I received a number of unexpected and interesting comments after my article was published here last week entitled, “The Key to Preventing Type 2 Diabetes.” Some of the comments suggested a naivety on my part whereas others simply exposed a lack of knowledge in regard to type 2 diabetes.
Perhaps the comments that surprised me the most were those suggesting that diabetes had not been cured or would not be cured, because there was too much money to be made from the disease. The comments inferred that the pharmaceutical companies, blood glucose strip manufacturers and doctors all have too much to gain financially for type 2 diabetes to be cured. Granted, all of the above would stand to lose millions of dollars if type 2 diabetes was cured, I do not believe for one minute that every effort to cure and/or eradicate diabetes is not being made.
I certainly hope there are not many people that truly believe diabetes, cancer, heart disease and Alzheimer’s still exist because health related companies make more money treating the illness versus curing it. How sad that would be.
A number of people indicated that it is all genetics driven, that type 2 diabetes is a disorder that we inherit from our parents, lessening our own responsibility for developing the disease. The tendency to develop type 2 diabetes can be passed from one generation to another. This does not mean, however, that if your mom or dad has type 2 diabetes that it is pretty much a certainty that you are going to develop type 2 diabetes, particularly if your lifestyle is different. It works more like this.
If your mom and dad were lean, fit and trim, and this was a result of them eating healthfully and exercising very regularly, then their risk of developing type 2 diabetes would be low. If as their child you learned their same habits and were fit and trim and active, and stayed that way through adulthood, then your risk of getting type 2 diabetes would be low as well.
On the other hand, if both parents, or even one, tended to over eat and led a more sedentary lifestyle, then they would be at higher risk of type 2 diabetes, as would you, if your lifestyle was that of your parents. We often grow up and adopt the same type of lifestyle as our parents or those we have been around. This as you can imagine can be good or bad. Our parents can set a good example or a poor example.
So basically, if your mom or dad, let’s say, is at risk for type 2 diabetes because of lifestyle issues and eventually develops type 2 diabetes, then if you were their child you would now be at risk. But, if your lifestyle was significantly more healthy than the parent that developed diabetes, then you very likely would never become diabetic. Unfortunately, in my estimation, too many people are under the misconception that if their parents, sister, or brother has diabetes that if they end up with the illness that it was inevitable; it’s not. You have a lot of control over your future whether you have a family history or not.
Yes, as I said in my previous article, type 2 diabetes is highly preventable, if you know what steps to take to prevent it. Too many times, due to a lack of knowledge, etc. children of a parent with type 2 diabetes end up with the same illness. I like to always tell my patients that if they do not want their kids to develop type 2 diabetes, to encourage the kids to be as physically active as possible and to make sure that they maintain a normal bodyweight. If they do this, their kids may never develop the illness.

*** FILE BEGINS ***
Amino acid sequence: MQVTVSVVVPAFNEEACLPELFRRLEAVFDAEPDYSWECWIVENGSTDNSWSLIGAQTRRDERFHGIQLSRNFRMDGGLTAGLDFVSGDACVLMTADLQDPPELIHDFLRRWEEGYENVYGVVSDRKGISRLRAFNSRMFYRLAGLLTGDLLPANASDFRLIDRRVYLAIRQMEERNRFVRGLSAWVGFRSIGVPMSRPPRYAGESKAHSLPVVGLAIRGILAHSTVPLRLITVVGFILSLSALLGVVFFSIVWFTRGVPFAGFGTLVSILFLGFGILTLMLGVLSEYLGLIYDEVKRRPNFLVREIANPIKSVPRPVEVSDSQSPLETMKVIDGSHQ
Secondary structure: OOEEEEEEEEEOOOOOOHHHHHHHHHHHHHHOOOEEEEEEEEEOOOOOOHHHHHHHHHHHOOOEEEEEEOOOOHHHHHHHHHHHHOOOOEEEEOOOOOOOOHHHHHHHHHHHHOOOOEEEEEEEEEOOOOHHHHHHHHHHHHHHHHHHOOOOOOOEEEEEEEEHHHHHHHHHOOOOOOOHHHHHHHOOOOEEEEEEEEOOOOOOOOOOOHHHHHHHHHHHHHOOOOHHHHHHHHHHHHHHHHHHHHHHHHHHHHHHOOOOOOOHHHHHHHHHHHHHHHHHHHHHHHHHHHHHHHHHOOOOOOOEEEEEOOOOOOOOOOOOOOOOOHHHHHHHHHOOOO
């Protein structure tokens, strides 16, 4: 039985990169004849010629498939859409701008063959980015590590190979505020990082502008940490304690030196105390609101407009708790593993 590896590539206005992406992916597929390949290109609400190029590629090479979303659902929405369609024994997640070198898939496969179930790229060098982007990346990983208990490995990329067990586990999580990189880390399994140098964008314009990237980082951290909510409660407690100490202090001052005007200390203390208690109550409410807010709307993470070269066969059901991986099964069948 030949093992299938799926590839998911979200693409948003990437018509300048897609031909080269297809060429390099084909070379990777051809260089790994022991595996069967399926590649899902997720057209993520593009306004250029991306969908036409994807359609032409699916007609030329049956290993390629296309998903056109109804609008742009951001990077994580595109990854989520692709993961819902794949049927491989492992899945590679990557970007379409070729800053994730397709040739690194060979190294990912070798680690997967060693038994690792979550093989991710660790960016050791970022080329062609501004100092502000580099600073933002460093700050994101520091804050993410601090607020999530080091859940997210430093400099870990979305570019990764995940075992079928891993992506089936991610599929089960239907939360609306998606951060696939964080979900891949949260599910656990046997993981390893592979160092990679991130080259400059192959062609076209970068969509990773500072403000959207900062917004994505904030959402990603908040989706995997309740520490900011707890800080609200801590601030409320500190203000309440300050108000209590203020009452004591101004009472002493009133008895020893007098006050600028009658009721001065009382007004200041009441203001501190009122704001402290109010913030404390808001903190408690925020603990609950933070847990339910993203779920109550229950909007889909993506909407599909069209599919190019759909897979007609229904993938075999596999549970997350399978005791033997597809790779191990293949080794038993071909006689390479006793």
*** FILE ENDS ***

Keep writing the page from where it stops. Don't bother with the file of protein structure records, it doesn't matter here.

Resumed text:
I do want to point out that it is entirely possible to develop type 2 diabetes when fit and trim. We do not see this happen too often but it can. These cases can be a bit more tricky to figure out. In some of these cases we are looking at a late onset type 1, but that’s another story, for another time.
One last concept I would like to clear up is that once you have type 2 diabetes you will likely always have diabetes. (This is something that people often have a hard time understanding, that I explain in very simple terms in my book.) To the best of our knowledge, in spite of what some might have you believe, type 2 diabetes cannot at this time be cured. It is certainly possible though, that with lifestyle modifications and weight loss, blood sugar levels may return to normal, in some cases due to reduced needs for insulin.
You see, by losing excess weight, eating less carbohydrates and sugar, and becoming more physically active, you require less insulin to maintain normal blood sugar levels, which is good since with type 2 diabetes you can no longer make as much insulin as someone that does not have diabetes (and never will be able to again). Under these conditions (and this is the key) the reduced amount of insulin that can still be made by the pancreas may be enough to keep blood sugar levels normal, but the diabetes is still present and as soon as the person becomes careless and starts to put weight back on, or eats too many sweets and becomes less active again, blood sugar levels will climb right back up to abnormal levels. This is because increasing needs for insulin due to weight gain, eating too much, etc. cannot be met by the pancreas.
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